This lays out a clear road map to becoming happier. Make friends with you.

Get to really know yourself and like yourself. Stop beating yourself up. If no one ever gave you credit for things well done, learn to take a bow when you did something right.

Accept yourself and forgive yourself. Become the model of a best friend and start by becoming your own best friend.

It is hard for other people to like to be with us if we do not like ourselves.

2. Reconnect with old friends.

Loneliness wants you to forget about people who have been supportive and rely only on him. Look through your phone list and call someone. Call someone or email them every day. Chances are that since you stopped staying in contact with that old friend loneliness has been hanging around their door also.

3. Make some new same-sex friends.

When people are lonely the first suggestion loneliness makes is to find a new lover. Loneliness knows that the high of a new love feeling will only last a short while. Sex with a new partner can leave you alone sleeping with Mister Loneliness faster than anything else.

The loneliest time for most people is after a close relationship ends.

So if you want to avoid the new sexual partner trap Mister Loneliness has set for you, make new friends who are the same gender as you. That takes the mating ritual stuff out of the picture for most people.

If you are gay or lesbian, forget what I just said and work on making more friends of the opposite sex. The idea here is to develop social connections that can chase off Mr. Loneliness without falling into the new relationship trap.

Those hormones in the brain love releases last 6 to 18 months. If you haven’t learned how to be happy without your partner there all the time, then as that new love turns to everyday routine you will start dating Mr. Loneliness again.

4. Get out there.

You need to get out of the house and do things. Nothing makes you and Mr. Loneliness closer than you isolating from other human contact.

Now by “get out there,” do not think you need to hit the clubs and bars. That is a good way to run into Mister Loneliness again. He likes to dress up as an alcoholic or an addict. The man who looks like Mister Right probably has some drug habits and a few ex’s, baby’s mommas and the like.

What you need to do is get out there around other happy positive people.  If you have an interest in a sport, join a team or league. If you like reading, join a book club. If you have a religious or spiritual faith, get active in that group.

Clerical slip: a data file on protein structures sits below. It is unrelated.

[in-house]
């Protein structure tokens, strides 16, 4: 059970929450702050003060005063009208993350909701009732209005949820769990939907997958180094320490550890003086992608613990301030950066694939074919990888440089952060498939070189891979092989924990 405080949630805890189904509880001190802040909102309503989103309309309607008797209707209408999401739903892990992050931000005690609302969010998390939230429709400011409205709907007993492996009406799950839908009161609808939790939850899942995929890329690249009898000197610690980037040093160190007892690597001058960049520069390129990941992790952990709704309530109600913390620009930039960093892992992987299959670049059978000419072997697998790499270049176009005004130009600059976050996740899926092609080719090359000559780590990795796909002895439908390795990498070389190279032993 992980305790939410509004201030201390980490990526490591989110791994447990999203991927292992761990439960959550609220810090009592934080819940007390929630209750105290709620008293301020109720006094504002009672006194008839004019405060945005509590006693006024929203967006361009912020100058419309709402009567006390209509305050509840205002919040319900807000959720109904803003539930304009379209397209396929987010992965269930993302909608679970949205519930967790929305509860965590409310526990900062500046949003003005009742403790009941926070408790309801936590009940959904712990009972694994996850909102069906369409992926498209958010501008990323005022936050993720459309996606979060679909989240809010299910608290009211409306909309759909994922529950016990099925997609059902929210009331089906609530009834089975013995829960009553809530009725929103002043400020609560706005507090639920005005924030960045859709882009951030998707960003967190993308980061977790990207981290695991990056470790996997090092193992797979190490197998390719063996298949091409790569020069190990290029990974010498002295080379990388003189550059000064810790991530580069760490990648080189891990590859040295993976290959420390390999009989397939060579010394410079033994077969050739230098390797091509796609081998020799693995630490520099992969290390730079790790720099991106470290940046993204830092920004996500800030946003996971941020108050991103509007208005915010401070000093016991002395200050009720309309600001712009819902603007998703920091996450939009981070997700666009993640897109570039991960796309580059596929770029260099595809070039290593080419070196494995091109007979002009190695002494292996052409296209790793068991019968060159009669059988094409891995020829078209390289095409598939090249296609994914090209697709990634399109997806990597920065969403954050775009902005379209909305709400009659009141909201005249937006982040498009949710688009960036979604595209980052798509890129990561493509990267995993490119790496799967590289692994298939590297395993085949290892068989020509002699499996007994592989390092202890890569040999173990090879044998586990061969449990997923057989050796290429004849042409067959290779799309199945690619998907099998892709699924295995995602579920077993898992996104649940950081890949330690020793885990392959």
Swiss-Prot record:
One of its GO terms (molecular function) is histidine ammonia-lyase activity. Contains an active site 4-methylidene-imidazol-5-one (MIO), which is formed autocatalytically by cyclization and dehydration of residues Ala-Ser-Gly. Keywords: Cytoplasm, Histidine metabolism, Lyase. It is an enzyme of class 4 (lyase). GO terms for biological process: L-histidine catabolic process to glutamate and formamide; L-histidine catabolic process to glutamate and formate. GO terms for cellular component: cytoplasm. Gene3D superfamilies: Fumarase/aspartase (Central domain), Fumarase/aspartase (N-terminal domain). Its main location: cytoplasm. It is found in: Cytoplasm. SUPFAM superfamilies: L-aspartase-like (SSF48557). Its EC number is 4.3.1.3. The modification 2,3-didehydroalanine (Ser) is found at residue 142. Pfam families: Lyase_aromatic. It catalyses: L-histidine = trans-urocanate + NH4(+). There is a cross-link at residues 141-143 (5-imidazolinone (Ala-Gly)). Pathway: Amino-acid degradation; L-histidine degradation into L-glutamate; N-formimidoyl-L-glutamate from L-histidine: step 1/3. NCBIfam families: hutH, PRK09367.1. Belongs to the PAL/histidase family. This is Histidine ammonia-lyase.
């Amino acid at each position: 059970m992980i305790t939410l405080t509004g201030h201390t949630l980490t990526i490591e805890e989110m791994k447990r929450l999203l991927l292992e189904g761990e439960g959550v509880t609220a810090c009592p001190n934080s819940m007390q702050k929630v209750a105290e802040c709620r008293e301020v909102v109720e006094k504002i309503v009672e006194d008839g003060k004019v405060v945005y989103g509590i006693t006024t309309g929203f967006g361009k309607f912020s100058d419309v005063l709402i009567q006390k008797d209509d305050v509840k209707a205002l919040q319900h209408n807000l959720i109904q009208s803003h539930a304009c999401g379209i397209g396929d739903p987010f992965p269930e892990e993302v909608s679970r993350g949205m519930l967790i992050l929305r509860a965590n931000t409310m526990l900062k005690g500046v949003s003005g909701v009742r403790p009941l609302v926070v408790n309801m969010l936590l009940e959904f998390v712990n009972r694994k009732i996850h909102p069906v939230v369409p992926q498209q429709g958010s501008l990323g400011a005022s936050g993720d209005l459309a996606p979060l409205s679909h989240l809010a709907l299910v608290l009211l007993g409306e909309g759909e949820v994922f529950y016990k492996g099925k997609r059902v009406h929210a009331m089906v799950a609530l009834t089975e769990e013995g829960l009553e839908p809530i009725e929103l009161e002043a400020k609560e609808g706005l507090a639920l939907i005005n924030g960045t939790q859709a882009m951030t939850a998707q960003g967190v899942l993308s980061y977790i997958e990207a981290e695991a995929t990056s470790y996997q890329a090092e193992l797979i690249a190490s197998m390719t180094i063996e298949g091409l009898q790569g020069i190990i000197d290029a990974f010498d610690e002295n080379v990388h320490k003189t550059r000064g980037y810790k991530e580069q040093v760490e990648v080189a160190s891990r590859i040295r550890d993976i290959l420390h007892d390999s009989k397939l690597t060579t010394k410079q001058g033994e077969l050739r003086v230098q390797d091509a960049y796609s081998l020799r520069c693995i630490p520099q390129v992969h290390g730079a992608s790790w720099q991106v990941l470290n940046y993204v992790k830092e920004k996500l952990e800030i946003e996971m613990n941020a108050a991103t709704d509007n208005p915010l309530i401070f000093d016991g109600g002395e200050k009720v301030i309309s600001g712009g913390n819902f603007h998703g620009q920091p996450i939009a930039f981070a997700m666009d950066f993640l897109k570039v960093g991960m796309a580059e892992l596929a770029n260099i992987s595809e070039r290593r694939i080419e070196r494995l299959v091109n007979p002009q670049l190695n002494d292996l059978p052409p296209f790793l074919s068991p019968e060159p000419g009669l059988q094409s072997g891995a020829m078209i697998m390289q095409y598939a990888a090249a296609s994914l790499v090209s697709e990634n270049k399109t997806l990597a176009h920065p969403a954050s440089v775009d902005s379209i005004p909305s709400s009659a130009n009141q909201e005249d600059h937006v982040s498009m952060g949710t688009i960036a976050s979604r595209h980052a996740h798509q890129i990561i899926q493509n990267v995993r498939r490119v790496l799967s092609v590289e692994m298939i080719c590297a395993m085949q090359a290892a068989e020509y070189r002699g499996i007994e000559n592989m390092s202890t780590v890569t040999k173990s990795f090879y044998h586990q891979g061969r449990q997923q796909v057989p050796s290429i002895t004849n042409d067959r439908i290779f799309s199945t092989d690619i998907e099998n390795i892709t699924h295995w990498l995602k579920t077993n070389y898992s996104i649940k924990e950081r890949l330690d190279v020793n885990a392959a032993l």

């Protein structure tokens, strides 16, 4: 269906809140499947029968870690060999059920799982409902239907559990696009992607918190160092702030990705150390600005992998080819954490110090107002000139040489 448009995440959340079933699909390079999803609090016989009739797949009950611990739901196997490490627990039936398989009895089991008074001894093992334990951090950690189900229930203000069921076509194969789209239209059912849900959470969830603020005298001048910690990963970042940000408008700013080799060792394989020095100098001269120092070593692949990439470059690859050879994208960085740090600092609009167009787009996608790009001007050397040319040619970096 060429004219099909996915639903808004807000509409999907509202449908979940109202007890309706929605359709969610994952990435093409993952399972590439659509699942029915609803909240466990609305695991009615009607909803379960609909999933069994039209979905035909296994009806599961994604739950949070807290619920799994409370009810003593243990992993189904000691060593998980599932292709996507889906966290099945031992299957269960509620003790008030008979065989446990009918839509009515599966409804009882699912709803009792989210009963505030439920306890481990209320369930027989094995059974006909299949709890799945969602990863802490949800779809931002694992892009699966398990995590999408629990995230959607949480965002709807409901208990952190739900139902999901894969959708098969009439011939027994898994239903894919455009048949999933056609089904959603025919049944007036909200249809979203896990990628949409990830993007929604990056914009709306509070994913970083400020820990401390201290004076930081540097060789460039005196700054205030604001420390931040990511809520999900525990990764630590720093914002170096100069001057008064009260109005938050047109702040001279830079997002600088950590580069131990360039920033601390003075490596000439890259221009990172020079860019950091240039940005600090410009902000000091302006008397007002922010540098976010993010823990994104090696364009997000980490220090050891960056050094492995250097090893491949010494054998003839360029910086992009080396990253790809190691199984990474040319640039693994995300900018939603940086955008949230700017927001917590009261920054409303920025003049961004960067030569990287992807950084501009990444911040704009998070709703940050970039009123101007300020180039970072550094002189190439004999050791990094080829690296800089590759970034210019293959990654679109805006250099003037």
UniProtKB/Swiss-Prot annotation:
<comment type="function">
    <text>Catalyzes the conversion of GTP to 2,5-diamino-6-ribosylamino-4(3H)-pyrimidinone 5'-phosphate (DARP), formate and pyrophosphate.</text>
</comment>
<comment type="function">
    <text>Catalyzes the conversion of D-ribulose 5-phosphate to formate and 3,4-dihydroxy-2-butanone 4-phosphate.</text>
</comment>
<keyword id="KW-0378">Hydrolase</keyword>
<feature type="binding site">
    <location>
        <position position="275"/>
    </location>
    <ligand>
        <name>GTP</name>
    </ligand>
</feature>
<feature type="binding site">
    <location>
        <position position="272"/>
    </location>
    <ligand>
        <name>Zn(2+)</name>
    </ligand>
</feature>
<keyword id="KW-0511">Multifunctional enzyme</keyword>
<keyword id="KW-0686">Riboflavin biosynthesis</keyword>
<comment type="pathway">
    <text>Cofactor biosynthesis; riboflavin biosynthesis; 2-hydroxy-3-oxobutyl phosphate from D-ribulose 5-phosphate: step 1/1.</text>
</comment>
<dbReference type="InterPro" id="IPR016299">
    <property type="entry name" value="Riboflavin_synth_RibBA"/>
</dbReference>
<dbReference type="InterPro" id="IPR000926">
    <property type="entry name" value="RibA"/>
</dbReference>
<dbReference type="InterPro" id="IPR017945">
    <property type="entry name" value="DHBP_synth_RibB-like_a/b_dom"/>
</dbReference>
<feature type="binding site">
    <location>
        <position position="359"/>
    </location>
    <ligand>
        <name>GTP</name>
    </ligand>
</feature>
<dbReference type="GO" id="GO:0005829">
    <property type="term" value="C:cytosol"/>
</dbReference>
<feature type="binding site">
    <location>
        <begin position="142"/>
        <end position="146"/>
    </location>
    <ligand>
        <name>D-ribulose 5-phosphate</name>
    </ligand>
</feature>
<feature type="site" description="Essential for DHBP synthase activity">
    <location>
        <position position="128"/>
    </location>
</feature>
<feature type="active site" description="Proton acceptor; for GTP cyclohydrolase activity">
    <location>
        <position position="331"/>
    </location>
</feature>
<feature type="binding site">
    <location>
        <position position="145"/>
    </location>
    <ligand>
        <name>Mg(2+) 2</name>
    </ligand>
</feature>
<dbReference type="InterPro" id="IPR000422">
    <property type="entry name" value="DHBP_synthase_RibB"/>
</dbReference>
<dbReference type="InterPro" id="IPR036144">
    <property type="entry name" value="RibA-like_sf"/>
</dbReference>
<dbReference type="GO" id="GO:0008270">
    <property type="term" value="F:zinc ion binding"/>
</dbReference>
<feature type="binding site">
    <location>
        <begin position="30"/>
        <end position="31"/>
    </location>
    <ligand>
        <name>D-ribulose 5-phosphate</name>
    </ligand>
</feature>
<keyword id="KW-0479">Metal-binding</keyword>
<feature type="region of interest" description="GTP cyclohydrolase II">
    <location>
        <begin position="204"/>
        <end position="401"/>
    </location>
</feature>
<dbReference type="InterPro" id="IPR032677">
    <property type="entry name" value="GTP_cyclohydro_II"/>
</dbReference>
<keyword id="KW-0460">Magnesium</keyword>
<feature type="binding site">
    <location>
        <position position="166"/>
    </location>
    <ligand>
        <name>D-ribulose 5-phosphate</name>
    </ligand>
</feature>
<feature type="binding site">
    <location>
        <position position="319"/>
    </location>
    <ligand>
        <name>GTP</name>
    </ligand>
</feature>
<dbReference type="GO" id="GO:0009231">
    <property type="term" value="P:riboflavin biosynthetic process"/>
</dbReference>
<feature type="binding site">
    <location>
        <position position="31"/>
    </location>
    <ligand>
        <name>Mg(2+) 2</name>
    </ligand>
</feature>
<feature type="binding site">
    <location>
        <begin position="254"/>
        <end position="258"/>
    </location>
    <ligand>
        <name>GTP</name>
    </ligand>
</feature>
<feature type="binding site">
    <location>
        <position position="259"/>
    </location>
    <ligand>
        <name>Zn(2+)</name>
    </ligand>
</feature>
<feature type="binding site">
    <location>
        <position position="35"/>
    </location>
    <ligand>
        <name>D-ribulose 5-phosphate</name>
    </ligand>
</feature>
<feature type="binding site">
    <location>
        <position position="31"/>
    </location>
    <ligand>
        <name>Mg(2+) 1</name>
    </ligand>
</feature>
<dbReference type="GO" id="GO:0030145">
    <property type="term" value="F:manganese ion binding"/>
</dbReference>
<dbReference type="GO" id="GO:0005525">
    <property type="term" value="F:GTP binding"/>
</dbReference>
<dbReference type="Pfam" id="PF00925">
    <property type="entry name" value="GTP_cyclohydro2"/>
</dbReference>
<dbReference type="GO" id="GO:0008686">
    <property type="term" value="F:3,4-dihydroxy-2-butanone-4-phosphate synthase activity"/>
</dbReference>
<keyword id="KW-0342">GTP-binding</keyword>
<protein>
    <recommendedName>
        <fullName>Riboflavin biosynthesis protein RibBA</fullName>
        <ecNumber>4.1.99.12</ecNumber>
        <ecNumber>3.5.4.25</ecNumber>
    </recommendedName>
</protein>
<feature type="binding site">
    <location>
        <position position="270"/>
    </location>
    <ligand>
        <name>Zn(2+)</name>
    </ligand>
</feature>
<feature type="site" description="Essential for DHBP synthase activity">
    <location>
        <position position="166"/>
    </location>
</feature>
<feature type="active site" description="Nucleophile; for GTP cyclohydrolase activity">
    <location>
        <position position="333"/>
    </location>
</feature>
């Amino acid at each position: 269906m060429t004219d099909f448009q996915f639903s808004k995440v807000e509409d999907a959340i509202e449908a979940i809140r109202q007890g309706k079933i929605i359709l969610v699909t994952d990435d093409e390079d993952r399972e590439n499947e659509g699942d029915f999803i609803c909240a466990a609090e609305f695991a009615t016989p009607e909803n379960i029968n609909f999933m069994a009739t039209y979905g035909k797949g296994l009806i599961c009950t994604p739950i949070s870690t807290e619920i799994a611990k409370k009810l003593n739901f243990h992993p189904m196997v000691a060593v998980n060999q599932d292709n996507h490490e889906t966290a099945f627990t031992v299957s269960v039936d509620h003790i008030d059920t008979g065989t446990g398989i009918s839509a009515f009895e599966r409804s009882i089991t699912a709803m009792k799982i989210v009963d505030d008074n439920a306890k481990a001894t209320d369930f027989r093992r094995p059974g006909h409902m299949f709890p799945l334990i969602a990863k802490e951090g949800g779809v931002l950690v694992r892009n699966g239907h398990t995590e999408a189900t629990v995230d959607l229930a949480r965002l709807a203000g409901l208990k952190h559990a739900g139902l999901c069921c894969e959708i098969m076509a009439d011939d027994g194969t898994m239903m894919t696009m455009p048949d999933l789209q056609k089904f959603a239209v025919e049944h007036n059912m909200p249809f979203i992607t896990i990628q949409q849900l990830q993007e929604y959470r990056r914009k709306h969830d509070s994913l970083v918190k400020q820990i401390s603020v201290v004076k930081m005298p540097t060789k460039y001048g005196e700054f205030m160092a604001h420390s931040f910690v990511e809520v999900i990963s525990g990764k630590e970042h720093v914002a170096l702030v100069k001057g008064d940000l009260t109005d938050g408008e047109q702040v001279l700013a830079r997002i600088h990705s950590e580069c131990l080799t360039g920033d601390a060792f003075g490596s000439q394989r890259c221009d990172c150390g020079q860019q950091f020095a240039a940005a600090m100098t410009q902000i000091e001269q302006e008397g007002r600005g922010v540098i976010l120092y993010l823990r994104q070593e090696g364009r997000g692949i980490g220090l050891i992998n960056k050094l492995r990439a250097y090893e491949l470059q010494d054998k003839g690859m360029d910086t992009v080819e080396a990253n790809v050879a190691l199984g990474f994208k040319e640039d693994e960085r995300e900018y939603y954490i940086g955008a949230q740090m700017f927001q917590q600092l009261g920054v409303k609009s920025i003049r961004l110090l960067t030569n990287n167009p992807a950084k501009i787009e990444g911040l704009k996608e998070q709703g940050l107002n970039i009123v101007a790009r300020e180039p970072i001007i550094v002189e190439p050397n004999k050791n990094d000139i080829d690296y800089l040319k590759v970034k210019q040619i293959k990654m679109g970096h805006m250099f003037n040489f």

5. Learn friend making skills.

Learning to make friends is a skill not an ability. Some people just seem naturally better at making friends but a few of those naturals have confided in me about the process they went through to get good at making friends. Watch those people who are good at making friends and see how they do it.

Do not start telling yourself that you could never do what they do. Maybe not exactly what they do in their way. You are you after all. But you can pick up a few pointers by watching the popular people.

Ask one of them how they do it and you may get a helping hand you never expected.

When in a new place learn to put your hand out and introduce yourself. Ask about others and wait to be asked about yourself. Do not regurgitate your whole life story but offer up small tidbits to keep the conversation moving.

Keep telling yourself you can get better at making and keeping friends.

5. Learn the skills to be alone but not lonely.

Being all alone should not mean being lonely. If you have done the work on yourself, become your own best friend learned the things you like and the things that are not ok with you, then being alone some of the time should be a good thing.

6. Take yourself on a date.

Do nice things for yourself. Go to places you like to visit. Try out new foods and new positive experiences.

Where would you take a tourist who was visiting your town for the first time? Many people have never seen the top tourist spots in their own city. Take yourself there. If you really like the place invite a friend to go back with you.